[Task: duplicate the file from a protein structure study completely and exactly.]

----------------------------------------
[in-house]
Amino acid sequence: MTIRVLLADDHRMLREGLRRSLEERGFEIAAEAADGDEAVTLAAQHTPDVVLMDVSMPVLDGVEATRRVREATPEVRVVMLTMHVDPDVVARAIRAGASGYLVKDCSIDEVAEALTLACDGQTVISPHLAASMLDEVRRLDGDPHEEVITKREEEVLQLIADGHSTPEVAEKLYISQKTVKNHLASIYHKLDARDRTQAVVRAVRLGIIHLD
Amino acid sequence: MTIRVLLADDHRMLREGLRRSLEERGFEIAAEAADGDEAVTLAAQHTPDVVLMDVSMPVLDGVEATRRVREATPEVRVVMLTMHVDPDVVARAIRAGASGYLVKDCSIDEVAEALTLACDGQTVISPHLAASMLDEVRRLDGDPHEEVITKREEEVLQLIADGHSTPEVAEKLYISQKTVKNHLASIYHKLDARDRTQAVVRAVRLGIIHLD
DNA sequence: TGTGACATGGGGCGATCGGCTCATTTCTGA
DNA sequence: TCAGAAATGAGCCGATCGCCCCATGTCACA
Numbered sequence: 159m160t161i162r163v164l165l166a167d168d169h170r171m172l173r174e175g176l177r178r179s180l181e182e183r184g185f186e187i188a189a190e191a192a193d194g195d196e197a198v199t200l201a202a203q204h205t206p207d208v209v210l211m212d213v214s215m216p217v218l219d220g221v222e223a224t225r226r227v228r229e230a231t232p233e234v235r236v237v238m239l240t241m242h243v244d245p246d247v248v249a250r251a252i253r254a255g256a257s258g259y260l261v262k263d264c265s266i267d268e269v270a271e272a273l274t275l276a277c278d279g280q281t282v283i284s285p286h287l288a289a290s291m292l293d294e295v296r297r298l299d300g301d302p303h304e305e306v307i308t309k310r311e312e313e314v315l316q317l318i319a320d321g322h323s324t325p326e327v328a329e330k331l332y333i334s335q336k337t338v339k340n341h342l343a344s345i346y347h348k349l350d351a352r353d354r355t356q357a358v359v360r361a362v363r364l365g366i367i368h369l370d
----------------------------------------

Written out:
[in-house]
Amino acid sequence: MTIRVLLADDHRMLREGLRRSLEERGFEIAAEAADGDEAVTLAAQHTPDVVLMDVSMPVLDGVEATRRVREATPEVRVVMLTMHVDPDVVARAIRAGASGYLVKDCSIDEVAEALTLACDGQTVISPHLAASMLDEVRRLDGDPHEEVITKREEEVLQLIADGHSTPEVAEKLYISQKTVKNHLASIYHKLDARDRTQAVVRAVRLGIIHLD
Amino acid sequence: MTIRVLLADDHRMLREGLRRSLEERGFEIAAEAADGDEAVTLAAQHTPDVVLMDVSMPVLDGVEATRRVREATPEVRVVMLTMHVDPDVVARAIRAGASGYLVKDCSIDEVAEALTLACDGQTVISPHLAASMLDEVRRLDGDPHEEVITKREEEVLQLIADGHSTPEVAEKLYISQKTVKNHLASIYHKLDARDRTQAVVRAVRLGIIHLD
DNA sequence: TGTGACATGGGGCGATCGGCTCATTTCTGA
DNA sequence: TCAGAAATGAGCCGATCGCCCCATGTCACA
Numbered sequence: 159m160t161i162r163v164l165l166a167d168d169h170r171m172l173r174e175g176l177r178r179s180l181e182e183r184g185f186e187i188a189a190e191a192a193d194g195d196e197a198v199t200l201a202a203q204h205t206p207d208v209v210l211m212d213v214s215m216p217v218l219d220g221v222e223a224t225r226r227v228r229e230a231t232p233e234v235r236v237v238m239l240t241m242h243v244d245p246d247v248v249a250r251a252i253r254a255g256a257s258g259y260l261v262k263d264c265s266i267d268e269v270a271e272a273l274t275l276a277c278d279g280q281t282v283i284s285p286h287l288a289a290s291m292l293d294e295v296r297r298l299d300g301d302p303h304e305e306v307i308t309k310r311e312e313e314v315l316q317l318i319a320d321g322h323s324t325p326e327v328a329e330k331l332y333i334s335q336k337t338v339k340n341h342l343a344s345i346y347h348k349l350d351a352r353d354r355t356q357a358v359v360r361a362v363r364l365g366i367i368h369l370d